Regarding this New York Time article: Hackers in China Attacked The Times for Last 4 Months
Spear phishing attacks against businesses, diplomatic and government agencies seem to be very popular with cyber espionage networks. You only need one person to take the wrong action and the entire system is compromised as the New York Times is discovering.
China in 2012 used spear phishing and a .pdf file that exploited a vulnerability in Windows to launch spear phishing attacks against Tibetan activist groups. Antivirus software did not widely recognize the threats as was the case with the NYT’s imbroglio. 
In a similar vein to the attacks on the NYT, targeted spear phishing was used in a very recent incident called Operation Red October (lending to the fact that the attacks emanated from a Russophone country). The malware produced from this attack is called ‘Rocra’ and it is aimed at governments and research institutions in former Soviet republics and Eastern Europe.
The New York Times article states “Once they take a liking to a victim, they tend to come back. It’s not like a digital crime case where the intruders steal stuff and then they’re gone. This requires an internal vigilance model.”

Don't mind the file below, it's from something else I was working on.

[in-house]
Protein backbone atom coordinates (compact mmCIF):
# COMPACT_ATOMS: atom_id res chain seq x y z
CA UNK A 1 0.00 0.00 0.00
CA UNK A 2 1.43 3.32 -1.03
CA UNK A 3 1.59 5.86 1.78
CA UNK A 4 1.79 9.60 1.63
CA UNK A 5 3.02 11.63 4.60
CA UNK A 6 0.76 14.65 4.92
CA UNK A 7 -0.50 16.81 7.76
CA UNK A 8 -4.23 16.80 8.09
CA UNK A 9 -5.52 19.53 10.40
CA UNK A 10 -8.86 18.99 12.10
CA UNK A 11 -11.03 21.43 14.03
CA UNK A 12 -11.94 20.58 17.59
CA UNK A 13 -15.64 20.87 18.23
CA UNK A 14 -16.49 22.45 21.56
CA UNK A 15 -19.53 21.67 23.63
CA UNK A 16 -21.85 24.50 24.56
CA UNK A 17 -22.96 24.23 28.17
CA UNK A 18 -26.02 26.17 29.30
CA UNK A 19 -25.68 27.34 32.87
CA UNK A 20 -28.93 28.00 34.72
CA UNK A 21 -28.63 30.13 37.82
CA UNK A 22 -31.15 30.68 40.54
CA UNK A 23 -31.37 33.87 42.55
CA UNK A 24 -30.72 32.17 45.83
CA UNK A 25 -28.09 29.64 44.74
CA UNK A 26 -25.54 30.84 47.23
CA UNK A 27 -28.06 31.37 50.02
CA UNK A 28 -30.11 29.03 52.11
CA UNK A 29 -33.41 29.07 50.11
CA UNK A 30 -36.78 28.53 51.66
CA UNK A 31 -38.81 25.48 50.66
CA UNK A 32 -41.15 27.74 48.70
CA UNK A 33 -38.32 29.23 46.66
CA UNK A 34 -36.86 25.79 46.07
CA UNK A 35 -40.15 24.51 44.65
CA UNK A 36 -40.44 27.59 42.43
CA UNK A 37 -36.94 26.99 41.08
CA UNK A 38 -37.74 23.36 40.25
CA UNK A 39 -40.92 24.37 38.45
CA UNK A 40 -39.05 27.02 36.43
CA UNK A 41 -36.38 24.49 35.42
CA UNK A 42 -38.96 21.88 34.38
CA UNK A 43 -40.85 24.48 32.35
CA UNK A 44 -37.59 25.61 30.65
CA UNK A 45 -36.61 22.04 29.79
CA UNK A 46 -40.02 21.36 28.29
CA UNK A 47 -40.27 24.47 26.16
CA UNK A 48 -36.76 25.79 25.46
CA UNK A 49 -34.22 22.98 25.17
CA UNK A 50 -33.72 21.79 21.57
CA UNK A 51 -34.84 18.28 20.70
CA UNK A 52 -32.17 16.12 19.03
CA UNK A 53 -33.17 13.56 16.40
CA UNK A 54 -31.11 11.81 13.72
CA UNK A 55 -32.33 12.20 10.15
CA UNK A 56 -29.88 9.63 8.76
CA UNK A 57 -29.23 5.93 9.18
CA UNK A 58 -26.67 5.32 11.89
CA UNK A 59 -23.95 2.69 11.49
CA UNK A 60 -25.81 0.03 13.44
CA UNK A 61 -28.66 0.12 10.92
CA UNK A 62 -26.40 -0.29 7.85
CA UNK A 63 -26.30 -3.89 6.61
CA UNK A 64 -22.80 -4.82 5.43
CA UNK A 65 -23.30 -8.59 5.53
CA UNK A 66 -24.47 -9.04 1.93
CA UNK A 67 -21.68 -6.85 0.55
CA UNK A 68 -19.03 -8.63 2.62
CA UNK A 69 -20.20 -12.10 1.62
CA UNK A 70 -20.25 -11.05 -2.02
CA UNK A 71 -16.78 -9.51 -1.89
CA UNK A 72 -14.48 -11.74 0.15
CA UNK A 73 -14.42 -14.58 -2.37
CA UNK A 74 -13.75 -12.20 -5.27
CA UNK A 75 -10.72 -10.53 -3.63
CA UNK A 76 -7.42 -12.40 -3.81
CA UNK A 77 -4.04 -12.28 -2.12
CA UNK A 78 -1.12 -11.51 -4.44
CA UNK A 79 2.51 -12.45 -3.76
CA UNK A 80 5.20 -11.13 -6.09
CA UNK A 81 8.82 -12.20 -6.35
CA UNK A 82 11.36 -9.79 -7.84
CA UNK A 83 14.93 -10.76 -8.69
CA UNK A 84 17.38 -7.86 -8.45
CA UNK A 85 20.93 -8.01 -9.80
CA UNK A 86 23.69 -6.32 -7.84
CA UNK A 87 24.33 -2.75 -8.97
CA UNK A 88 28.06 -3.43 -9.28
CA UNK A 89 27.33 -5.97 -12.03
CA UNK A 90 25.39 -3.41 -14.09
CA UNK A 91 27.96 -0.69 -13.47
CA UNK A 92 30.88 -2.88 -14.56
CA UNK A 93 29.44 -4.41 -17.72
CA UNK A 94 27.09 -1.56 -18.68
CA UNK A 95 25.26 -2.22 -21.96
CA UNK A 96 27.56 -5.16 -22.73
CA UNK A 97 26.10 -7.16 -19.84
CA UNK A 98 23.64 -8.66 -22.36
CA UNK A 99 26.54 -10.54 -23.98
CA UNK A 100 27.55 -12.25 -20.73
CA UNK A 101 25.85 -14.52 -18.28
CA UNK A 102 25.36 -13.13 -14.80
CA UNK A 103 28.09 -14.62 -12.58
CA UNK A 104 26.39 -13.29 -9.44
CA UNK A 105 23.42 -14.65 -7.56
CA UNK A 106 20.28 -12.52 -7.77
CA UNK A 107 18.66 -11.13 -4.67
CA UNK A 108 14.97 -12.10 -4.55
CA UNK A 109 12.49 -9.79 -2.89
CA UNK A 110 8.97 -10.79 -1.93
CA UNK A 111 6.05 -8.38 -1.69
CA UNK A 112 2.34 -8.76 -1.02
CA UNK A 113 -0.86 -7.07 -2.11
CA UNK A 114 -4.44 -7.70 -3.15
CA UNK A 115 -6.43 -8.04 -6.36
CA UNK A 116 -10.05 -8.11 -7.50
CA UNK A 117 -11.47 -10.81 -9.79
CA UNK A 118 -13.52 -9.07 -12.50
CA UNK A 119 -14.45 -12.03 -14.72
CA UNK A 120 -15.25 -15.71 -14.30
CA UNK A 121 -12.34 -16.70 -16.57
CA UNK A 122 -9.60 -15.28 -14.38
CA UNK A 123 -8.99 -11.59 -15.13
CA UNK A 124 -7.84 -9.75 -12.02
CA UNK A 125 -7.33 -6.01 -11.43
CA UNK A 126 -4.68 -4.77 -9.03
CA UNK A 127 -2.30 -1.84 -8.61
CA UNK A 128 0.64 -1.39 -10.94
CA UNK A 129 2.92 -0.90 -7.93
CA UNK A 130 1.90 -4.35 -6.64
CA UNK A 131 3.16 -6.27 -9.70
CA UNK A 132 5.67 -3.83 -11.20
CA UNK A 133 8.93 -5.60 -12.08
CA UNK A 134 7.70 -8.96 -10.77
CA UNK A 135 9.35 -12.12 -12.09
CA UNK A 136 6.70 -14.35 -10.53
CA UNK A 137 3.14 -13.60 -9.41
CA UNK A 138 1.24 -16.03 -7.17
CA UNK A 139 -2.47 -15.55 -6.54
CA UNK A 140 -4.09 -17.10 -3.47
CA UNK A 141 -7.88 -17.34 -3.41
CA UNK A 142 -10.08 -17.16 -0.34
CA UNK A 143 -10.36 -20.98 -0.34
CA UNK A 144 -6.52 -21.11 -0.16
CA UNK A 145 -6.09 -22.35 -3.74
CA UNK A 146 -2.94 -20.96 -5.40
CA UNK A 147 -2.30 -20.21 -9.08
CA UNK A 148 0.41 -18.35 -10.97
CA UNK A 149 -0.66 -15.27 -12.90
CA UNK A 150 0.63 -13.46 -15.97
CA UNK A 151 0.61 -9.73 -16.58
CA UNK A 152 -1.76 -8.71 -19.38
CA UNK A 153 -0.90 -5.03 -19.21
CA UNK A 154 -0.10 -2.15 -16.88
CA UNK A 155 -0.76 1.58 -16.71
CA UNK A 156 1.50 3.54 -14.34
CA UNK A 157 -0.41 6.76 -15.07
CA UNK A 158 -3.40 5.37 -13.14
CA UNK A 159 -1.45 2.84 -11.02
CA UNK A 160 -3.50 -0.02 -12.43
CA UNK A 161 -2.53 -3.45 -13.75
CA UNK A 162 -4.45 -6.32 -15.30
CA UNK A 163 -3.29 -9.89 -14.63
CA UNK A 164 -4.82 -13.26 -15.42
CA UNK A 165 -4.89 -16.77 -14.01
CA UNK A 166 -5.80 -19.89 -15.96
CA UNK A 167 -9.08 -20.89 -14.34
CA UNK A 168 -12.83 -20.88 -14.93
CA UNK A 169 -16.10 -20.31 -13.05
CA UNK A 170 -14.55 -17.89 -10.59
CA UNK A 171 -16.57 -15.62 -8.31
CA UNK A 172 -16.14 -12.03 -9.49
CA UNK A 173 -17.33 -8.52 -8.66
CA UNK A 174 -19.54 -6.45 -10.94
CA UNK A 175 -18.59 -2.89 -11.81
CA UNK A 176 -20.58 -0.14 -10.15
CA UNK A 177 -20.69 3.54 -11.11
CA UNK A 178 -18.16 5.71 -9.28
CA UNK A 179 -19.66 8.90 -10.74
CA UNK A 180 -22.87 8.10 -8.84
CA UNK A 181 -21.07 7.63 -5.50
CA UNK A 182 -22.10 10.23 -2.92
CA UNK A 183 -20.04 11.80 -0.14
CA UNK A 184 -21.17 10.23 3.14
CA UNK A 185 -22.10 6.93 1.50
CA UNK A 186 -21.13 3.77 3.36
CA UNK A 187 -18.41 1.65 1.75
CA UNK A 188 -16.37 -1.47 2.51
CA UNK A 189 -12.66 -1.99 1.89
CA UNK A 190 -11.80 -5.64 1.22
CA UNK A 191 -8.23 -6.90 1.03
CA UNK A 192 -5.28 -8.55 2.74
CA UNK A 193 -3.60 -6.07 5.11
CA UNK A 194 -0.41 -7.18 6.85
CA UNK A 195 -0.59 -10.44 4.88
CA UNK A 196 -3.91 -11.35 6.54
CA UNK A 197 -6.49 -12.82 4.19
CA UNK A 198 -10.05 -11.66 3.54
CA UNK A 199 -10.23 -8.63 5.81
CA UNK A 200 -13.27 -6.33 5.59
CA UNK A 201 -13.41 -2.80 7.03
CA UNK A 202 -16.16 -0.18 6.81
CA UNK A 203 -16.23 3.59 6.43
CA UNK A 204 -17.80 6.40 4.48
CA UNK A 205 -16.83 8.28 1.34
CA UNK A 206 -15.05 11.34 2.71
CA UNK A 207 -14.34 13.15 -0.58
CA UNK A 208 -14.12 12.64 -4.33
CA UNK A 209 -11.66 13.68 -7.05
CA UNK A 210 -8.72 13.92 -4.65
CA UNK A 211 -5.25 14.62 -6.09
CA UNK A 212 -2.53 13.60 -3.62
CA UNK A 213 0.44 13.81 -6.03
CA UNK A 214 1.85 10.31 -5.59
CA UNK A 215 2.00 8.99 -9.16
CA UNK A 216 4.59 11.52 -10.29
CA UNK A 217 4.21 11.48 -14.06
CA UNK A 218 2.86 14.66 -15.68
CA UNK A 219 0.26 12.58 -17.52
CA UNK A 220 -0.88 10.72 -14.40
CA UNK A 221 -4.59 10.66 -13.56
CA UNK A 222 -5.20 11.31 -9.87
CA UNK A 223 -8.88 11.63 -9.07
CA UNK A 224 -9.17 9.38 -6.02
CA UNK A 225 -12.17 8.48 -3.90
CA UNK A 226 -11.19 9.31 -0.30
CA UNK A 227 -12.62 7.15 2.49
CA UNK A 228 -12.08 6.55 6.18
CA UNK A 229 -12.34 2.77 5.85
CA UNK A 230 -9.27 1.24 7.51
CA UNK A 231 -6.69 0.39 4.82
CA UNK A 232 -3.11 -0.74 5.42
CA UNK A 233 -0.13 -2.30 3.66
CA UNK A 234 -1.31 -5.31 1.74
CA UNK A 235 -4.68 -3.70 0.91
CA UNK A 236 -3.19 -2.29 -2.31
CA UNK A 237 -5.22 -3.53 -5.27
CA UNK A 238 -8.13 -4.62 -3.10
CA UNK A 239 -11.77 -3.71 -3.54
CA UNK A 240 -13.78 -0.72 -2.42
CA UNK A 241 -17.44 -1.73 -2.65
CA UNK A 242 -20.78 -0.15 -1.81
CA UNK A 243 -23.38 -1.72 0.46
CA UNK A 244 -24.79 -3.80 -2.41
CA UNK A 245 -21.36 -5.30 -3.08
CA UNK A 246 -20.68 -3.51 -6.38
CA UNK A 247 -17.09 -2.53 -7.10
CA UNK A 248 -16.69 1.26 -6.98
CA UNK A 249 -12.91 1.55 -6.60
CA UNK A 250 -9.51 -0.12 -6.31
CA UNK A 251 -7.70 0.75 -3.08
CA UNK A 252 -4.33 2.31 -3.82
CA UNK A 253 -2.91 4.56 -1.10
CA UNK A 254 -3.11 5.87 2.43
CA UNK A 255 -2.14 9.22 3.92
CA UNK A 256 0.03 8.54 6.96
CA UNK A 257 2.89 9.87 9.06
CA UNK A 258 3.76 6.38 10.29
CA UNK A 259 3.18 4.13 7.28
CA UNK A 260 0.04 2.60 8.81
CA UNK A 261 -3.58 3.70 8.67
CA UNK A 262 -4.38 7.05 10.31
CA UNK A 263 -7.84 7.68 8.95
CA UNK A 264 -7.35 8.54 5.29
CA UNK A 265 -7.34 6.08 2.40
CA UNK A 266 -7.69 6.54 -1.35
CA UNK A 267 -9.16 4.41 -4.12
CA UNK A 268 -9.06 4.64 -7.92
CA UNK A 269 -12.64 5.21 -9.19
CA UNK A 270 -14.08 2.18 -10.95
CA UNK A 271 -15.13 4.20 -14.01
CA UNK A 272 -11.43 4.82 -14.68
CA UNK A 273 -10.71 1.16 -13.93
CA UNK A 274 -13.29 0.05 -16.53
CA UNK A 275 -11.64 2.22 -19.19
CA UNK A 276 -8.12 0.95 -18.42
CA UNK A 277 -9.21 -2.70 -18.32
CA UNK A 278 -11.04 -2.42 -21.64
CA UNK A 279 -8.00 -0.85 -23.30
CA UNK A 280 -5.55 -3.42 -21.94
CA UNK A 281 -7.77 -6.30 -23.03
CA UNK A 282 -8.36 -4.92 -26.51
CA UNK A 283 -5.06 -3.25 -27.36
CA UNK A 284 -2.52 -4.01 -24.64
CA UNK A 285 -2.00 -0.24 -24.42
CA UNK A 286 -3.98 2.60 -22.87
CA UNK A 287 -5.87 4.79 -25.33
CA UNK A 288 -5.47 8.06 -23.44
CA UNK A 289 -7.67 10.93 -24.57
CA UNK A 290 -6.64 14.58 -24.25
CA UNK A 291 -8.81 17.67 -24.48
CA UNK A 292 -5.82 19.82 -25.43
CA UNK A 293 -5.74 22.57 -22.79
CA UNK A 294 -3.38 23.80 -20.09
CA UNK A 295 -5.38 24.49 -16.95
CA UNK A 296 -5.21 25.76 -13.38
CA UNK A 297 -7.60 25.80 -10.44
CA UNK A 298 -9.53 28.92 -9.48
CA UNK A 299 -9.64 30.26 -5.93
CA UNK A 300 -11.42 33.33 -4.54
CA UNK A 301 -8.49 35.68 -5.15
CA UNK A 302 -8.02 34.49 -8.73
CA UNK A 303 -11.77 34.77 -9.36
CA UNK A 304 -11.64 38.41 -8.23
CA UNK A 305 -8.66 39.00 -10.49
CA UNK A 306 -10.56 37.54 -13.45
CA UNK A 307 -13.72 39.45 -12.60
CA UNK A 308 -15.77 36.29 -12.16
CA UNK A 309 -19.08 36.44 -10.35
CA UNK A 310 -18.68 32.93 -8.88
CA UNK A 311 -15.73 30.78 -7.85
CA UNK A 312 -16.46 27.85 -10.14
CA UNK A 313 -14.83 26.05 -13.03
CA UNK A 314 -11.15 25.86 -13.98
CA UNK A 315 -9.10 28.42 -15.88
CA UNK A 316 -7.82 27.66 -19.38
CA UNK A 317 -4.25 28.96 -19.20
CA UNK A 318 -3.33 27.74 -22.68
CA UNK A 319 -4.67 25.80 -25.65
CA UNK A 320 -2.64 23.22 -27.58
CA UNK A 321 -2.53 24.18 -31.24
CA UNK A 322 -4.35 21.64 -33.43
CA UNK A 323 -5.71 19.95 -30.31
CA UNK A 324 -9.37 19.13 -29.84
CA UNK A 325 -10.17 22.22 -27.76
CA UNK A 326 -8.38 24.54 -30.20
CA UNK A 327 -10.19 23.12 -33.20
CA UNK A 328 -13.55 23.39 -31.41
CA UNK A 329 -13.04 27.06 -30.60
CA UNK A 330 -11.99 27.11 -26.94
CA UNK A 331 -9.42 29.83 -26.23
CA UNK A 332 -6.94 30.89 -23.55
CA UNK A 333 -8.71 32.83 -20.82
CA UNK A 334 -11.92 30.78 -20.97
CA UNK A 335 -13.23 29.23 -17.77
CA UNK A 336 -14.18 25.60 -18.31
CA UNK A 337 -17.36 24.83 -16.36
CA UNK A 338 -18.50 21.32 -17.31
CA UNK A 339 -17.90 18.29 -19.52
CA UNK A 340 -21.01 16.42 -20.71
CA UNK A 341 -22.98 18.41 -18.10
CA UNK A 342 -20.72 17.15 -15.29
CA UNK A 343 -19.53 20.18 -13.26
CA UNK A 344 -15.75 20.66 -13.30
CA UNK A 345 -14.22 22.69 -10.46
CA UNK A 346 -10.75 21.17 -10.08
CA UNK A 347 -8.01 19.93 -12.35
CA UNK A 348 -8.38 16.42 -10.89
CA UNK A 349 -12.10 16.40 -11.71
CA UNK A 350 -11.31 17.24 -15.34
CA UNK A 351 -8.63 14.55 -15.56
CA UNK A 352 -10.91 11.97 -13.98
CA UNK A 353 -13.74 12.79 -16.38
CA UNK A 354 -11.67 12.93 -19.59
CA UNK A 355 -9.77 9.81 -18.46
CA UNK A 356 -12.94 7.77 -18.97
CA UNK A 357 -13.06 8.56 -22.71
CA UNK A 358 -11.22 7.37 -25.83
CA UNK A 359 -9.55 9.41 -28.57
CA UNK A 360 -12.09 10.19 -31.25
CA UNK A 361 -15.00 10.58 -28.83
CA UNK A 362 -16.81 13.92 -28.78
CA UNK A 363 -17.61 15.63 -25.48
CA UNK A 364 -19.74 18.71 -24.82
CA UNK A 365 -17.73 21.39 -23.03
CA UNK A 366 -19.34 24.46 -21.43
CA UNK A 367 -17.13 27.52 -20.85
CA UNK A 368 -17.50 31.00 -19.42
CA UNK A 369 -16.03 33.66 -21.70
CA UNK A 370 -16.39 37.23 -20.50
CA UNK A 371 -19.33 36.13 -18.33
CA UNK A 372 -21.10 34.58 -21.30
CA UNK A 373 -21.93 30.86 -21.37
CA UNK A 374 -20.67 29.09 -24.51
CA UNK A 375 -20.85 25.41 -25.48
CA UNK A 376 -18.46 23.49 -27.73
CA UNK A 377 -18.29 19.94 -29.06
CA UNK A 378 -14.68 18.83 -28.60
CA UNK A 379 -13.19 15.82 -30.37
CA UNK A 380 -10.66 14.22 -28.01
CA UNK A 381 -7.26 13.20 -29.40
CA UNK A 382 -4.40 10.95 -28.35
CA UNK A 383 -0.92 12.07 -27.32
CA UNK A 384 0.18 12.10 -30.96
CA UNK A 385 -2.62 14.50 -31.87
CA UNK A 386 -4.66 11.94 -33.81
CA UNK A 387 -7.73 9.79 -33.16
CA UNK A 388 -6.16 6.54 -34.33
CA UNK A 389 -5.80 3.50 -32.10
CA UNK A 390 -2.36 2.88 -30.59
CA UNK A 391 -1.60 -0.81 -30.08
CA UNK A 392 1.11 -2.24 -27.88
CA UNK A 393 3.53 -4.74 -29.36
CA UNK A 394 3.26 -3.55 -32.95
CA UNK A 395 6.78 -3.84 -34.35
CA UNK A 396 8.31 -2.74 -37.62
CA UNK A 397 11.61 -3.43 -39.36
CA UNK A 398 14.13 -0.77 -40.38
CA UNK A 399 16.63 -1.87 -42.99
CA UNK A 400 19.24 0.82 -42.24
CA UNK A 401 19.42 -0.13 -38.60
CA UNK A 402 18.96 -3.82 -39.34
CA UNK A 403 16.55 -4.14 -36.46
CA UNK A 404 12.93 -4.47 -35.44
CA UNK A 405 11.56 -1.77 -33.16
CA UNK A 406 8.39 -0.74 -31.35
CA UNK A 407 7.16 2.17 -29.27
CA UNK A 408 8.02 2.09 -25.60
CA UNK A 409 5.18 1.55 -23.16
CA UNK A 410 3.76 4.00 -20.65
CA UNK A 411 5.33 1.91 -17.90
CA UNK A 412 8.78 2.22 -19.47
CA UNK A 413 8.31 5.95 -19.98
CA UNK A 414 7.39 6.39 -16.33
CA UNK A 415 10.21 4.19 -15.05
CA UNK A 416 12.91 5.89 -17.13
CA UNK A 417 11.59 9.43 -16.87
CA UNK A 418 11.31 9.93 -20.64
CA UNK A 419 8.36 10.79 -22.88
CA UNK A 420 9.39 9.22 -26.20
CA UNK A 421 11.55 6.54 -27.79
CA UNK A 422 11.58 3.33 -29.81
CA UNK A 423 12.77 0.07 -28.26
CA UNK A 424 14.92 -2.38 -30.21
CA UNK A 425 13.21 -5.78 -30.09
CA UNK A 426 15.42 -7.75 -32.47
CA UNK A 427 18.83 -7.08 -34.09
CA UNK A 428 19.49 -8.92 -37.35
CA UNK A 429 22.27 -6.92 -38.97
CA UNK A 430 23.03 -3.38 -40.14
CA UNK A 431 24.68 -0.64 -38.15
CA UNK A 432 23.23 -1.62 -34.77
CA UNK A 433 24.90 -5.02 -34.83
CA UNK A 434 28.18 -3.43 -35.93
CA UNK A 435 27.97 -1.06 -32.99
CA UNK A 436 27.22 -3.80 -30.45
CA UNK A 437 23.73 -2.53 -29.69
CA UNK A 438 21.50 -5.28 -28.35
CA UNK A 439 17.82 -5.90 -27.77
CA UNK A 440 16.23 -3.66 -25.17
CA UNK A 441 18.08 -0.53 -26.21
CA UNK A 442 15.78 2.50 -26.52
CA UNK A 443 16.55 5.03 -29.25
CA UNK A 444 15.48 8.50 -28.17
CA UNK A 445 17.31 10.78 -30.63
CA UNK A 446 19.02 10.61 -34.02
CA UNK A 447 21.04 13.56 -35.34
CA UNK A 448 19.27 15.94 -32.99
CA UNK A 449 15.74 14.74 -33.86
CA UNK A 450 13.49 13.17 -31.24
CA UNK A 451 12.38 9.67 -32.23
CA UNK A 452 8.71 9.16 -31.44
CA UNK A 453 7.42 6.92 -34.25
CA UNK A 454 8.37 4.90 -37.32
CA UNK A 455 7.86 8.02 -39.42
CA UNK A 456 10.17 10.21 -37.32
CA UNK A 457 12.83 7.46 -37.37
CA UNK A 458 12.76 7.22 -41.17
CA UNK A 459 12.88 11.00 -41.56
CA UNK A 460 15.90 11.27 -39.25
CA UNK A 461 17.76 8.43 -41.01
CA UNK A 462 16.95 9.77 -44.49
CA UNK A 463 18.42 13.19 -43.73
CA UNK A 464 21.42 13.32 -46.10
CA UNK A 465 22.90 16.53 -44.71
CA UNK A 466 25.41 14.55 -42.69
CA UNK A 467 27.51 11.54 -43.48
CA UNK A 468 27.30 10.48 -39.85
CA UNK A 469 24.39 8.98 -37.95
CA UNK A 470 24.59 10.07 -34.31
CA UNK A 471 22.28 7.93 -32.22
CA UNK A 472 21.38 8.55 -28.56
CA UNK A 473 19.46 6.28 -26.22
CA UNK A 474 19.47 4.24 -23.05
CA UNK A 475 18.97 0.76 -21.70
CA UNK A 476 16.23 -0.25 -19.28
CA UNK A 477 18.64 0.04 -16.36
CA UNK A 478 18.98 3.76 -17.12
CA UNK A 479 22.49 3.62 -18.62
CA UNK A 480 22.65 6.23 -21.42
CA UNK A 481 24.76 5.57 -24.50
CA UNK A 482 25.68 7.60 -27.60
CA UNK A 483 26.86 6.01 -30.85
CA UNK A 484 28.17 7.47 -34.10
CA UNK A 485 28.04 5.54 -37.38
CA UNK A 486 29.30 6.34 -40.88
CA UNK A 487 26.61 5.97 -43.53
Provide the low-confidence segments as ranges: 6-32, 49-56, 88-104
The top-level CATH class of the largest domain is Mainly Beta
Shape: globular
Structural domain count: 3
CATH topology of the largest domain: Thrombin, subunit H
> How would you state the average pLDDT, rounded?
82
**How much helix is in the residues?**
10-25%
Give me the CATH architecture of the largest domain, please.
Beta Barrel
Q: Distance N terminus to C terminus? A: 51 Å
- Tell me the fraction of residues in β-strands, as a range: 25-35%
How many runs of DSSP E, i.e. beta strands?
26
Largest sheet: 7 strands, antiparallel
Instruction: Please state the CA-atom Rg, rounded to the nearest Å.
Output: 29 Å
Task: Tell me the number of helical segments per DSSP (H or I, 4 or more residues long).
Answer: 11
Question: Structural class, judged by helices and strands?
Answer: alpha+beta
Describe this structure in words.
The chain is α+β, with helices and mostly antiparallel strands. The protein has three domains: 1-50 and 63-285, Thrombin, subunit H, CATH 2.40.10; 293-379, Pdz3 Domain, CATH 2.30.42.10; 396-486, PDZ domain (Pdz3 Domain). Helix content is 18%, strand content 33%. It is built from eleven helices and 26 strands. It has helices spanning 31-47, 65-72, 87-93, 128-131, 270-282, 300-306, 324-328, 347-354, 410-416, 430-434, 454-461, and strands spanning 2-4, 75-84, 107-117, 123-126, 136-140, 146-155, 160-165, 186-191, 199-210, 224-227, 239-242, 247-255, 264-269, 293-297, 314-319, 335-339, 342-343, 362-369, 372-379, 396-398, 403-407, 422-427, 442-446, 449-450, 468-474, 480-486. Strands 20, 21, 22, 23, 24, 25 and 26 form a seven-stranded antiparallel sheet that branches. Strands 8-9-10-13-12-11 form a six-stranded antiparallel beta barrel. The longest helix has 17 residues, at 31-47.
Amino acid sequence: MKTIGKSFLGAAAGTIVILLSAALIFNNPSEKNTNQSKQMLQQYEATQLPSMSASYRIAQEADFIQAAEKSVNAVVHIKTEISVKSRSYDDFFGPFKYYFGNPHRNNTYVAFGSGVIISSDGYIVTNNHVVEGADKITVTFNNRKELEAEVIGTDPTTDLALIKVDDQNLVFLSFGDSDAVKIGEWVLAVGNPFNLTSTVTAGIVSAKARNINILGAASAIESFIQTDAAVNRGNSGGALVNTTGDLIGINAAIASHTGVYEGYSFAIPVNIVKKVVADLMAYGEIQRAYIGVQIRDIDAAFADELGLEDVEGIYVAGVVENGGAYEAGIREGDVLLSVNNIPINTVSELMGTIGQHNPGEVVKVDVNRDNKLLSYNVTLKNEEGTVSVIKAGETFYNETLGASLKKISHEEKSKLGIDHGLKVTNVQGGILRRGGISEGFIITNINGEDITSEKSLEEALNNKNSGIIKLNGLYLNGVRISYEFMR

It’s intriguing that the Red October attacks embody the spirit of that quote in the design of its malware:
“Red October also has a “resurrection” module embedded as a plug-in in Adobe Reader and Microsoft Office applications. This module made it possible for attackers to regain control of a system even after the malware itself was discovered and removed from the system.”
This is pretty scary stuff but ingenious nonetheless. Organizations need to take heed and make sure they are doing absolutely everything they can to combat attacks and training users about the dangers of spear phishing.